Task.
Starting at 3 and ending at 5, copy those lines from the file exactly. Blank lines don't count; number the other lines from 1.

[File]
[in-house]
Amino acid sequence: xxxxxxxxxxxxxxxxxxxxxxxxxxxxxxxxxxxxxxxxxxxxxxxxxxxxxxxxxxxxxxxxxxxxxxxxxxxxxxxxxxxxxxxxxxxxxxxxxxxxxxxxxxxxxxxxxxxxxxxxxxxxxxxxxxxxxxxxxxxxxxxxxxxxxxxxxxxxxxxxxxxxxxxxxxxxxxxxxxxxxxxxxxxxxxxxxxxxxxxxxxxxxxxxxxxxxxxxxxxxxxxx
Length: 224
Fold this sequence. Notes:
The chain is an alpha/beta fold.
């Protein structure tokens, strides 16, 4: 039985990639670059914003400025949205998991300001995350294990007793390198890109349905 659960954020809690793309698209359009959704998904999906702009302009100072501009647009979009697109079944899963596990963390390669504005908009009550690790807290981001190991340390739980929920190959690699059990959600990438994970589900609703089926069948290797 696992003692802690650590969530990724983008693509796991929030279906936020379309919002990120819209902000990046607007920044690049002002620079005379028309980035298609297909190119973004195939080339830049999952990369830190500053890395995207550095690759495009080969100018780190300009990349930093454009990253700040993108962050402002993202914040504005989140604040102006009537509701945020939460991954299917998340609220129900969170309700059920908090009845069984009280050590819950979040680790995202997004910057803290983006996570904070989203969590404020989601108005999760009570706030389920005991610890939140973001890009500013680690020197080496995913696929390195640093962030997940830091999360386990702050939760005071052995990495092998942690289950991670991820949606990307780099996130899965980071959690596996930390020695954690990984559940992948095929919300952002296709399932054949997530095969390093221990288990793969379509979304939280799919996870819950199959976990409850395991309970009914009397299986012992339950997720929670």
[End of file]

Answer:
Length: 224
Fold this sequence. Notes:
The chain is an alpha/beta fold.